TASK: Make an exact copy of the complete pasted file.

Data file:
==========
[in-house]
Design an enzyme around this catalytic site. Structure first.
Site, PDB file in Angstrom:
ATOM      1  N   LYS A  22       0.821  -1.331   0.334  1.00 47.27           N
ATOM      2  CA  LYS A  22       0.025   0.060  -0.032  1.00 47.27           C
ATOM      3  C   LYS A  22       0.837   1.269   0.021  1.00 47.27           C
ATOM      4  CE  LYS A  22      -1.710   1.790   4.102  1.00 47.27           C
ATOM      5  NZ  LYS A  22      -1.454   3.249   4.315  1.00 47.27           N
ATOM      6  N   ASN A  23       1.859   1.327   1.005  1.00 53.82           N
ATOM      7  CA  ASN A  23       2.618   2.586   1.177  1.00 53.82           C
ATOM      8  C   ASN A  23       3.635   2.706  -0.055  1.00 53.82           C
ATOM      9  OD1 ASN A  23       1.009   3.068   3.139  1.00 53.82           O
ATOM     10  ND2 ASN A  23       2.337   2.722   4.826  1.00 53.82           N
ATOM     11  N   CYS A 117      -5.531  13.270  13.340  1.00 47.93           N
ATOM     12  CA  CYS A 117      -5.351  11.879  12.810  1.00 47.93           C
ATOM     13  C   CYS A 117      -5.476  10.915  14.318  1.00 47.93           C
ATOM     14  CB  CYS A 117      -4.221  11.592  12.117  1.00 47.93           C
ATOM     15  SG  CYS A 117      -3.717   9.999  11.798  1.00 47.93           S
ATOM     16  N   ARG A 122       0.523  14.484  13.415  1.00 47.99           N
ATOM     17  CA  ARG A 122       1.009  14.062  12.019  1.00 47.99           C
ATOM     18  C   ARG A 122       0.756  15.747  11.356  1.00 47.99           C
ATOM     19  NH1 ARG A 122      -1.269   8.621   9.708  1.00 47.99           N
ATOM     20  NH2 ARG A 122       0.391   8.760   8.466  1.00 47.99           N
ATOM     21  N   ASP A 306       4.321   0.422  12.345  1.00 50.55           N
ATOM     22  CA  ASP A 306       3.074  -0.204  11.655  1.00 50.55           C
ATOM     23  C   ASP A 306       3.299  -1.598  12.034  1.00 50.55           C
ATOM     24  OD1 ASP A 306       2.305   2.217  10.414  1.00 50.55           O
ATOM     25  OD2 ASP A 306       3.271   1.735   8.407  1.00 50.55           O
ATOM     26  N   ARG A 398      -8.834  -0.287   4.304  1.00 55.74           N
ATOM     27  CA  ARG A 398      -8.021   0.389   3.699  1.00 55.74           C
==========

[in-house]
Design an enzyme around this catalytic site. Structure first.
Site, PDB file in Angstrom:
ATOM      1  N   LYS A  22       0.821  -1.331   0.334  1.00 47.27           N
ATOM      2  CA  LYS A  22       0.025   0.060  -0.032  1.00 47.27           C
ATOM      3  C   LYS A  22       0.837   1.269   0.021  1.00 47.27           C
ATOM      4  CE  LYS A  22      -1.710   1.790   4.102  1.00 47.27           C
ATOM      5  NZ  LYS A  22      -1.454   3.249   4.315  1.00 47.27           N
ATOM      6  N   ASN A  23       1.859   1.327   1.005  1.00 53.82           N
ATOM      7  CA  ASN A  23       2.618   2.586   1.177  1.00 53.82           C
ATOM      8  C   ASN A  23       3.635   2.706  -0.055  1.00 53.82           C
ATOM      9  OD1 ASN A  23       1.009   3.068   3.139  1.00 53.82           O
ATOM     10  ND2 ASN A  23       2.337   2.722   4.826  1.00 53.82           N
ATOM     11  N   CYS A 117      -5.531  13.270  13.340  1.00 47.93           N
ATOM     12  CA  CYS A 117      -5.351  11.879  12.810  1.00 47.93           C
ATOM     13  C   CYS A 117      -5.476  10.915  14.318  1.00 47.93           C
ATOM     14  CB  CYS A 117      -4.221  11.592  12.117  1.00 47.93           C
ATOM     15  SG  CYS A 117      -3.717   9.999  11.798  1.00 47.93           S
ATOM     16  N   ARG A 122       0.523  14.484  13.415  1.00 47.99           N
ATOM     17  CA  ARG A 122       1.009  14.062  12.019  1.00 47.99           C
ATOM     18  C   ARG A 122       0.756  15.747  11.356  1.00 47.99           C
ATOM     19  NH1 ARG A 122      -1.269   8.621   9.708  1.00 47.99           N
ATOM     20  NH2 ARG A 122       0.391   8.760   8.466  1.00 47.99           N
ATOM     21  N   ASP A 306       4.321   0.422  12.345  1.00 50.55           N
ATOM     22  CA  ASP A 306       3.074  -0.204  11.655  1.00 50.55           C
ATOM     23  C   ASP A 306       3.299  -1.598  12.034  1.00 50.55           C
ATOM     24  OD1 ASP A 306       2.305   2.217  10.414  1.00 50.55           O
ATOM     25  OD2 ASP A 306       3.271   1.735   8.407  1.00 50.55           O
ATOM     26  N   ARG A 398      -8.834  -0.287   4.304  1.00 55.74           N
ATOM     27  CA  ARG A 398      -8.021   0.389   3.699  1.00 55.74           C